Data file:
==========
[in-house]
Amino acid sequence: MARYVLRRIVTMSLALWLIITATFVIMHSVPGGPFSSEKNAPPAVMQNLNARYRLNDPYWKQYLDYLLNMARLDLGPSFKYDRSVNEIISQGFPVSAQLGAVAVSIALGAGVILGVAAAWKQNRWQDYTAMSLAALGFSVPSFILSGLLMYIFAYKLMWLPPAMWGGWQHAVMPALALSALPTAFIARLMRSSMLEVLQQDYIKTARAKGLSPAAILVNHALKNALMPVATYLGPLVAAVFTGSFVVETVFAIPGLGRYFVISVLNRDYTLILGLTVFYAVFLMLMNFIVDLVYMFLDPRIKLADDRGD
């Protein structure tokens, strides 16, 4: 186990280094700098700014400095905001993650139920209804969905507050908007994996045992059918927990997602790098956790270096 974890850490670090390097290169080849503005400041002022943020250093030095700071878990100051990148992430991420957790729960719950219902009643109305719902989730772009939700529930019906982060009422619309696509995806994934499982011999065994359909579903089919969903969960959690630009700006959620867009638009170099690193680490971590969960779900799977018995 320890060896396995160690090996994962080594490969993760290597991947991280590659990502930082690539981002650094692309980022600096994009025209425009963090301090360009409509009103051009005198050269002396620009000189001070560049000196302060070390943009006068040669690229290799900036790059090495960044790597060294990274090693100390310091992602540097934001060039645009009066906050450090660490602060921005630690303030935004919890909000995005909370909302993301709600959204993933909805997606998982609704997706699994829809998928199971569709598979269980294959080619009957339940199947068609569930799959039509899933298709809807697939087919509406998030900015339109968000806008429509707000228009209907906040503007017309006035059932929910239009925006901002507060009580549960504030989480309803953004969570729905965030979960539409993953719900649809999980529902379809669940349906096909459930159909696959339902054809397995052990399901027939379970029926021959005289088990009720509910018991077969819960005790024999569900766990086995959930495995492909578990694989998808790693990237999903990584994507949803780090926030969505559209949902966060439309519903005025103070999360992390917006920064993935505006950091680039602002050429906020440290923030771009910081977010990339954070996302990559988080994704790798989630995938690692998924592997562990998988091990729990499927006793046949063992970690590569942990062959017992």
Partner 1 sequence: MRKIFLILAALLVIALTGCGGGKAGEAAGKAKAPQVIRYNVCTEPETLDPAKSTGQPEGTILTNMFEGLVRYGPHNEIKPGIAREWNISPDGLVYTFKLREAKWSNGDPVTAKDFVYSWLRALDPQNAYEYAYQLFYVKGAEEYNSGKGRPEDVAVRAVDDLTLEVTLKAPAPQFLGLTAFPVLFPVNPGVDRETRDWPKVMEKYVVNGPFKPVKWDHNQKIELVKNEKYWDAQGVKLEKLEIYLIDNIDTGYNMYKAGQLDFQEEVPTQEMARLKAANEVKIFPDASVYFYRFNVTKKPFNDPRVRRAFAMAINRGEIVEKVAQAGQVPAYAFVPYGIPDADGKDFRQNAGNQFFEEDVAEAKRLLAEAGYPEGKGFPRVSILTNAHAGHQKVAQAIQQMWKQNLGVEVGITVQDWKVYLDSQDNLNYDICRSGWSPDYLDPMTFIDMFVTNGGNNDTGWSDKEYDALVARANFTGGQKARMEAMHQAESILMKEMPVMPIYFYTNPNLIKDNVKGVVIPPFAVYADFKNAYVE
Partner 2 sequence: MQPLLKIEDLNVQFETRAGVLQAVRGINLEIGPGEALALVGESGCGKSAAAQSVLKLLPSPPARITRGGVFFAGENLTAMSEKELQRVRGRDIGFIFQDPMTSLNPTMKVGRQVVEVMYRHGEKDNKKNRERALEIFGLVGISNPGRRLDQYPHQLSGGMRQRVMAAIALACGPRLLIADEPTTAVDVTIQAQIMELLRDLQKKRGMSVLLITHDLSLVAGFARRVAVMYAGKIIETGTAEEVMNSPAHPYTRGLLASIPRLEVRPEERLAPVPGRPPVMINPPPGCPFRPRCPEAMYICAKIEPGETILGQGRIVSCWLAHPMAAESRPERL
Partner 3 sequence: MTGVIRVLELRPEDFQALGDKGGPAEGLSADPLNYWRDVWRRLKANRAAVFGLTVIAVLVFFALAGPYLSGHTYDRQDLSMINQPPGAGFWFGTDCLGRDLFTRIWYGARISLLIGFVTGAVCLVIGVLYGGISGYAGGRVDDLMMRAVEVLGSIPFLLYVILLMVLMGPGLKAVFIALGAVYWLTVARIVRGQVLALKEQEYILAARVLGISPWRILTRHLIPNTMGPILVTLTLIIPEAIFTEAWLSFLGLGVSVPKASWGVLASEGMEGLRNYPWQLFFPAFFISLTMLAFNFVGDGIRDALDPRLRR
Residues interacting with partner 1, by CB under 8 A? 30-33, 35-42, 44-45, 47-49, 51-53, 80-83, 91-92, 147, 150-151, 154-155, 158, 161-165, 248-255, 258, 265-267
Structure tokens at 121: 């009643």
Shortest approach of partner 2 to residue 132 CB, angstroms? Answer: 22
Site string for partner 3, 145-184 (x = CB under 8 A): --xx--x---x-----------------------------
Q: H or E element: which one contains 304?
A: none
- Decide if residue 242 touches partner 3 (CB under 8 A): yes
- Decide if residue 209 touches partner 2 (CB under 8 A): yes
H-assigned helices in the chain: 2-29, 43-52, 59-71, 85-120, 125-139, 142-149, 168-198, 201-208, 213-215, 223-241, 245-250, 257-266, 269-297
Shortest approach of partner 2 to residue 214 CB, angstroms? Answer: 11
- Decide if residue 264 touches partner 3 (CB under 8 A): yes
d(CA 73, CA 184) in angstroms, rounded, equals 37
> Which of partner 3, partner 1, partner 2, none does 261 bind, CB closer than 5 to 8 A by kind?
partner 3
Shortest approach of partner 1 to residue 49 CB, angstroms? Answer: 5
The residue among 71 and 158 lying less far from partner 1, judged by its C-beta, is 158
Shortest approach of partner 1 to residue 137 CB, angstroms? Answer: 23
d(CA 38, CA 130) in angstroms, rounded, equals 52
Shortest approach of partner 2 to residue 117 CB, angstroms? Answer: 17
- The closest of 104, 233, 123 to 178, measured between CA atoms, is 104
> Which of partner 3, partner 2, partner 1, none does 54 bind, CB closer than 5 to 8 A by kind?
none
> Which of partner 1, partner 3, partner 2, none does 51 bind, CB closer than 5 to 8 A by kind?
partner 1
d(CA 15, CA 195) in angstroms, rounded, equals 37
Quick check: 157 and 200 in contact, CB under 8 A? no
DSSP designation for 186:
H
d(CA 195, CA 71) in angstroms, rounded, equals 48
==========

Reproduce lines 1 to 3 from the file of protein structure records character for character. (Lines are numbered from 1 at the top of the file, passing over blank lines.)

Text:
[in-house]
Amino acid sequence: MARYVLRRIVTMSLALWLIITATFVIMHSVPGGPFSSEKNAPPAVMQNLNARYRLNDPYWKQYLDYLLNMARLDLGPSFKYDRSVNEIISQGFPVSAQLGAVAVSIALGAGVILGVAAAWKQNRWQDYTAMSLAALGFSVPSFILSGLLMYIFAYKLMWLPPAMWGGWQHAVMPALALSALPTAFIARLMRSSMLEVLQQDYIKTARAKGLSPAAILVNHALKNALMPVATYLGPLVAAVFTGSFVVETVFAIPGLGRYFVISVLNRDYTLILGLTVFYAVFLMLMNFIVDLVYMFLDPRIKLADDRGD
């Protein structure tokens, strides 16, 4: 186990280094700098700014400095905001993650139920209804969905507050908007994996045992059918927990997602790098956790270096 974890850490670090390097290169080849503005400041002022943020250093030095700071878990100051990148992430991420957790729960719950219902009643109305719902989730772009939700529930019906982060009422619309696509995806994934499982011999065994359909579903089919969903969960959690630009700006959620867009638009170099690193680490971590969960779900799977018995 320890060896396995160690090996994962080594490969993760290597991947991280590659990502930082690539981002650094692309980022600096994009025209425009963090301090360009409509009103051009005198050269002396620009000189001070560049000196302060070390943009006068040669690229290799900036790059090495960044790597060294990274090693100390310091992602540097934001060039645009009066906050450090660490602060921005630690303030935004919890909000995005909370909302993301709600959204993933909805997606998982609704997706699994829809998928199971569709598979269980294959080619009957339940199947068609569930799959039509899933298709809807697939087919509406998030900015339109968000806008429509707000228009209907906040503007017309006035059932929910239009925006901002507060009580549960504030989480309803953004969570729905965030979960539409993953719900649809999980529902379809669940349906096909459930159909696959339902054809397995052990399901027939379970029926021959005289088990009720509910018991077969819960005790024999569900766990086995959930495995492909578990694989998808790693990237999903990584994507949803780090926030969505559209949902966060439309519903005025103070999360992390917006920064993935505006950091680039602002050429906020440290923030771009910081977010990339954070996302990559988080994704790798989630995938690692998924592997562990998988091990729990499927006793046949063992970690590569942990062959017992």